One Month More

Kristi Stringer Umbra Institute, Italy


March 25, 2015

It feels like yesterday I was just starting to get the handle of ordering an espresso and croissant, and now I’m getting emails about adjusting to life back in America. I only have one more month in Italy! I got quite overwhelmed with the feelings of it all; on the one hand I miss my friends and family like crazy, but on the other I’m not quite ready for this journey to end. Also at the end of my time here is the end of my time as a college student, which means adult job, adult responsibilities, adult life. A lot to expect from a woman who forgot to check the weather and left her clothes outside to dry in a rainstorm. And as other students in the library start to talk about picking classes and filling out FAFSA (one perk of not having a next semester) my heart starts to beat faster and I can feel my left eye twitch from the anxiety of this departure from reality coming to a close. But instead of crawling under my covers and hiding, which was my first plan, I decided to focus on the positives and list all the things I can wait to see when I get back to America. Think positive, right?

  1. Family and friends. Although it may feel like the world across the ocean has stopped since I left, I know it really hasn’t. Family and friends are getting in new relationships, going to film festivals (Hey True/False friends!), moving and getting new jobs. It will be so nice to sit down and catch up, share our old inside jokes and reminisce. I miss being able to go home and watch movies with my family, to tuck my little brother in at night, and having my strong support group. Even with skyping and messaging, it’s the longest I’ve ever been away from home and it will be nice to hug the people I love.
  2. Now, I am in the Food Studies program so I can extoll all day long about the pleasures of a sustainable wine, the delicacy of strawberry gelato, the unique flavor profile of Parmigiano-Reggiano cheese and so on. However, there are several things that are almost universally missed among students studying in America, and I’ve decided to put them all here, so this list is a manageable length. Peanut butter. Yellow cheese (which Italians don’t think is a real thing). ANY non-Italian food, including but not limited to Mexican, Indian, Thai, Greek, and American food. Also, the concept of delivery food is not something you will find in Perugia, or most Italian cities. Real breakfast food like waffles, pancakes, hash browns, omelets, French toast and so on aren’t something you can find. Although there is an abundance of fresh, Italian products, variety is something you won’t find easy in Italy, and as someone who grew up eating different styles almost every day, it’s something I miss.
  3. Yes, I know that it is more energy efficient to air dry clothing, and I know it’s not that big of a deal. But I wasn’t joking earlier about leaving my clothes outside while it rained. It takes 2 days or more just to wash and dry your clothes here, which means you will end up wearing the same shirt, or even the same outfit, over and over if you don’t plan your laundry carefully. That wears on you, especially if you’re used to your clothes being done in a couple of hours.
  4. A faster pace of life. I know people complain that our world has gotten too fast and we don’t appreciate the little things anymore; and I would like to take those people to an Italian market and make them wait in line behind ten people while everyone counts out the exact change, cent by cent. Then watch as their face gets red as the customers leisurely put their receipts in their wallets, their wallets in their purses or pockets and THEN bags their groceries. Now it has been nice to stroll along sidewalks and enjoy the sights of Italy in a leisurely manner. But sometimes you just need to get stuff done, and don’t need to take an hour to do it. I always joke everyone can tell I’m American from 100 yards away because I’m the fastest walker on the street, and it’s true, but soon I will blend in the crowd of other busy people doing their busy things. And it will be great.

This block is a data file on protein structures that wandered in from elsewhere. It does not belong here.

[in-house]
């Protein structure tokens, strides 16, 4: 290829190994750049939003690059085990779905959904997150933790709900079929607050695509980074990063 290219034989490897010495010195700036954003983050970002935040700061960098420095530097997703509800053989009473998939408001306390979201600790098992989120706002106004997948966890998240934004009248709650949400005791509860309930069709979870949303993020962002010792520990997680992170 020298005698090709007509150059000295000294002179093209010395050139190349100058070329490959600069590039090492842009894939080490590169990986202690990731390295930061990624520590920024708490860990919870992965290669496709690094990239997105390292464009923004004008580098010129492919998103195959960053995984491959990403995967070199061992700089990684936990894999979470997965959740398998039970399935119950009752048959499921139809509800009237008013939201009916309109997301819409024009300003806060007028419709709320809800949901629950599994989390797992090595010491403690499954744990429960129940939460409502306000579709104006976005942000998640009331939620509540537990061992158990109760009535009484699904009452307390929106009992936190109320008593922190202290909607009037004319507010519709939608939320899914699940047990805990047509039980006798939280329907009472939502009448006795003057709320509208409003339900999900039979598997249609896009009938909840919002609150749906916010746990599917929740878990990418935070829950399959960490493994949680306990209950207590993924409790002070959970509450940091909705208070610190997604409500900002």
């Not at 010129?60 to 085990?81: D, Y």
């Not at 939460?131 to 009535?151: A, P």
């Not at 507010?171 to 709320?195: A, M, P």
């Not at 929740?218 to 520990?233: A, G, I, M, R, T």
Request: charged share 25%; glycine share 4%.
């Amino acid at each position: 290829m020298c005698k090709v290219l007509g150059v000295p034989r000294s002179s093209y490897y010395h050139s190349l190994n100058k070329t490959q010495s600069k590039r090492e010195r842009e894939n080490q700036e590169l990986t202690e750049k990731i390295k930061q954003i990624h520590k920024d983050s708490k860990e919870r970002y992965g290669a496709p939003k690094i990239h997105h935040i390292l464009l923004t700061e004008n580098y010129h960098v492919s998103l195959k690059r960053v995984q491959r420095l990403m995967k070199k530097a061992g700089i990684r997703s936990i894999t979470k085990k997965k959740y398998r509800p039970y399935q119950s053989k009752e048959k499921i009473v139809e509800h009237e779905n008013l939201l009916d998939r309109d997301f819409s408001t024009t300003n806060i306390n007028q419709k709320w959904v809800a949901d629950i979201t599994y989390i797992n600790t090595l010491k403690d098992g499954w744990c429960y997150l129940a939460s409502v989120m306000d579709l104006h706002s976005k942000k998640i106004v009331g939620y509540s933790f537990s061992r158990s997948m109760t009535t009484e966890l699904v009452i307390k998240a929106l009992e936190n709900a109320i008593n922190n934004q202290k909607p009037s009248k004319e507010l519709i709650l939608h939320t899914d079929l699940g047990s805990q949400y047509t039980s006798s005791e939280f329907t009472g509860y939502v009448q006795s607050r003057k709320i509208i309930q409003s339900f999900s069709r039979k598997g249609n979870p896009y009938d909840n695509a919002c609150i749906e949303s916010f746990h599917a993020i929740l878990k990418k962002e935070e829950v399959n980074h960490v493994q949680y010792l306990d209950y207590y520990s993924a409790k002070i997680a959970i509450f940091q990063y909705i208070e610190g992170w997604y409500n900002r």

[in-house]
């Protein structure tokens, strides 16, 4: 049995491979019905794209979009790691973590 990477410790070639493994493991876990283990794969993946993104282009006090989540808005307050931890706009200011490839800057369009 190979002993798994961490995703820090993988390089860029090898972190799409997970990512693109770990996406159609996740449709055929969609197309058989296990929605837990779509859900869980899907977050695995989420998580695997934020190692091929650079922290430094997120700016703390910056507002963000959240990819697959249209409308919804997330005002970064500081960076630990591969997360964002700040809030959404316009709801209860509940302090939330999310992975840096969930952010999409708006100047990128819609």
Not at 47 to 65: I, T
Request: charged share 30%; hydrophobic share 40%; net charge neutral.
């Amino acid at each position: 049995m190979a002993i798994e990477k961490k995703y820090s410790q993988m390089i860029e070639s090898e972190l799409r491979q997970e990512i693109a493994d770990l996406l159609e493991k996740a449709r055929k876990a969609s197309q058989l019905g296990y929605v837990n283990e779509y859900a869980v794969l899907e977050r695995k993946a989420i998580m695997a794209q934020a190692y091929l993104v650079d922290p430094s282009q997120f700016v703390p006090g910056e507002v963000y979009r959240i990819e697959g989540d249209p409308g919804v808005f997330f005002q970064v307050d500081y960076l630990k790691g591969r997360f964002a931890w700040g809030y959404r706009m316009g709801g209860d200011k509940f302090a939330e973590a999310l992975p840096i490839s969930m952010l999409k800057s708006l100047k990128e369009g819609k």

5. Hearing English again. Now I don’t speak all Italian all day, but I look forward to being able to understand people when they are talking around me, to have friendly exchanges with shop people, to know how to go to the pharmacy and explain exactly what I need without using elaborate charades and dictionaries. I have enjoyed putting my skills to the test and being able to communicate with people I never could have before, but it takes a lot of effort to constantly translate in your head what people are trying to say to you, then have to translate back in order to respond. So to be back in a predominantly English-speaking country will be a nice break for my brain.

I know this post may come off as unappreciative or like I’m bashing Italy and its people, but it’s really not. Even talking to ex-pats who have been living in Italy for five or more years, and wouldn’t dream of moving back, you hear similar concerns and complaints. It’s part of adjusting to a new culture that you weren’t raised in, and it hits everyone at some point. And as I try not to panic about what the future after leaving Italy may bring, it’s nice to think about the good things that are waiting for me.

So this post isn’t too anti-Italy, I’ve included pictures of my favorite Italian meals, places and friends I have made here that I will surely miss whenever I am back in America. I’m in Parma and Modena this weekend, so after I will be writing about the unsung small towns in Italy I have visited so far. It will include great views and great food! Until next time, ciao!